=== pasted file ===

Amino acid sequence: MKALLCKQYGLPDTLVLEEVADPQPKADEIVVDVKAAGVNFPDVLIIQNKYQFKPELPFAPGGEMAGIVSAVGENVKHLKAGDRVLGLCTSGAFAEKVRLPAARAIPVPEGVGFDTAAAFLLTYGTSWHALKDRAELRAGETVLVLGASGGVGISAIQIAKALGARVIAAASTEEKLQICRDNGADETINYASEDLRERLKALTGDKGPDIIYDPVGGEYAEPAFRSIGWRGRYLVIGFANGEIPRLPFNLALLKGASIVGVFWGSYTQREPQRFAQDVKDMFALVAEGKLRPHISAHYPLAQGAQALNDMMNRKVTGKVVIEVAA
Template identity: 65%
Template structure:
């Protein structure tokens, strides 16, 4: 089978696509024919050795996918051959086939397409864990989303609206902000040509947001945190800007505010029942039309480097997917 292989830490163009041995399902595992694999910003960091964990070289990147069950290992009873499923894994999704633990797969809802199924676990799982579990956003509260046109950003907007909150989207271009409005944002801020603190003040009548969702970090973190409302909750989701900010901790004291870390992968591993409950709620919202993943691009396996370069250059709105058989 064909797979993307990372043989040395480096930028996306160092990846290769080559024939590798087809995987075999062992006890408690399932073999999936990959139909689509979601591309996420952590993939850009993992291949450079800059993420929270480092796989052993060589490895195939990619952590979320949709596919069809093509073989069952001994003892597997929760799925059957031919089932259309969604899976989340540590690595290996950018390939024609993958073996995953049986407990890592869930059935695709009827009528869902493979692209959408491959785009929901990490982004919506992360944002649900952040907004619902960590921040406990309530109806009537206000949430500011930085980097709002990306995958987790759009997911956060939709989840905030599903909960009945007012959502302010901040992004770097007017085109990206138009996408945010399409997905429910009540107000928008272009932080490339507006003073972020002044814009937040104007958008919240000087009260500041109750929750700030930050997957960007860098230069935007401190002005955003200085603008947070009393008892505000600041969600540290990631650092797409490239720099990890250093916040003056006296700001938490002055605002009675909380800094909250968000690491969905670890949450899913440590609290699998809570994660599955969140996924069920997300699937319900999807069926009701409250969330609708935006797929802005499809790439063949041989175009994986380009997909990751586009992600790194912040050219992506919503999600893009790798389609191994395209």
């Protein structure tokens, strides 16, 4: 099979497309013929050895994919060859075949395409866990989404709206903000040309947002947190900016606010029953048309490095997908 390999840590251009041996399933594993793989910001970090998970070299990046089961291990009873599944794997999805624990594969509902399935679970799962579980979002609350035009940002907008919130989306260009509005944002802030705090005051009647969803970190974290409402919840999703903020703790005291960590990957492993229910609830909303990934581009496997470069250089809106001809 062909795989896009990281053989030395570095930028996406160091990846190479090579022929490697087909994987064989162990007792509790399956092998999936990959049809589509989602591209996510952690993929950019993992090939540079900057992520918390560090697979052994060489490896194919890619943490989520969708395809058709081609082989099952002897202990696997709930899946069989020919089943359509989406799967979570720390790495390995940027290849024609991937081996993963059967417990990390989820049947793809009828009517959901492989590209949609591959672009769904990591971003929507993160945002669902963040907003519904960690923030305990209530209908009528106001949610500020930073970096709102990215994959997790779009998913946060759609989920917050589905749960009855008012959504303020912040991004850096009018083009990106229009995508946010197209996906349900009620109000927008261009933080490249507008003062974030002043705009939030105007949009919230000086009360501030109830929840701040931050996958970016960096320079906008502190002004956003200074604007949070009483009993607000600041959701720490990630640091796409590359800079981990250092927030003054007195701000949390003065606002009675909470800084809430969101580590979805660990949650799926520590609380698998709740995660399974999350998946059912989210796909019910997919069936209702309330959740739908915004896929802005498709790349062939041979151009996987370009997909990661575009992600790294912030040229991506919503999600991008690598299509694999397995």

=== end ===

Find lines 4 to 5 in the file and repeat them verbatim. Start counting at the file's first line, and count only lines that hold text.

């Protein structure tokens, strides 16, 4: 089978696509024919050795996918051959086939397409864990989303609206902000040509947001945190800007505010029942039309480097997917 292989830490163009041995399902595992694999910003960091964990070289990147069950290992009873499923894994999704633990797969809802199924676990799982579990956003509260046109950003907007909150989207271009409005944002801020603190003040009548969702970090973190409302909750989701900010901790004291870390992968591993409950709620919202993943691009396996370069250059709105058989 064909797979993307990372043989040395480096930028996306160092990846290769080559024939590798087809995987075999062992006890408690399932073999999936990959139909689509979601591309996420952590993939850009993992291949450079800059993420929270480092796989052993060589490895195939990619952590979320949709596919069809093509073989069952001994003892597997929760799925059957031919089932259309969604899976989340540590690595290996950018390939024609993958073996995953049986407990890592869930059935695709009827009528869902493979692209959408491959785009929901990490982004919506992360944002649900952040907004619902960590921040406990309530109806009537206000949430500011930085980097709002990306995958987790759009997911956060939709989840905030599903909960009945007012959502302010901040992004770097007017085109990206138009996408945010399409997905429910009540107000928008272009932080490339507006003073972020002044814009937040104007958008919240000087009260500041109750929750700030930050997957960007860098230069935007401190002005955003200085603008947070009393008892505000600041969600540290990631650092797409490239720099990890250093916040003056006296700001938490002055605002009675909380800094909250968000690491969905670890949450899913440590609290699998809570994660599955969140996924069920997300699937319900999807069926009701409250969330609708935006797929802005499809790439063949041989175009994986380009997909990751586009992600790194912040050219992506919503999600893009790798389609191994395209």
């Protein structure tokens, strides 16, 4: 099979497309013929050895994919060859075949395409866990989404709206903000040309947002947190900016606010029953048309490095997908 390999840590251009041996399933594993793989910001970090998970070299990046089961291990009873599944794997999805624990594969509902399935679970799962579980979002609350035009940002907008919130989306260009509005944002802030705090005051009647969803970190974290409402919840999703903020703790005291960590990957492993229910609830909303990934581009496997470069250089809106001809 062909795989896009990281053989030395570095930028996406160091990846190479090579022929490697087909994987064989162990007792509790399956092998999936990959049809589509989602591209996510952690993929950019993992090939540079900057992520918390560090697979052994060489490896194919890619943490989520969708395809058709081609082989099952002897202990696997709930899946069989020919089943359509989406799967979570720390790495390995940027290849024609991937081996993963059967417990990390989820049947793809009828009517959901492989590209949609591959672009769904990591971003929507993160945002669902963040907003519904960690923030305990209530209908009528106001949610500020930073970096709102990215994959997790779009998913946060759609989920917050589905749960009855008012959504303020912040991004850096009018083009990106229009995508946010197209996906349900009620109000927008261009933080490249507008003062974030002043705009939030105007949009919230000086009360501030109830929840701040931050996958970016960096320079906008502190002004956003200074604007949070009483009993607000600041959701720490990630640091796409590359800079981990250092927030003054007195701000949390003065606002009675909470800084809430969101580590979805660990949650799926520590609380698998709740995660399974999350998946059912989210796909019910997919069936209702309330959740739908915004896929802005498709790349062939041979151009996987370009997909990661575009992600790294912030040229991506919503999600991008690598299509694999397995």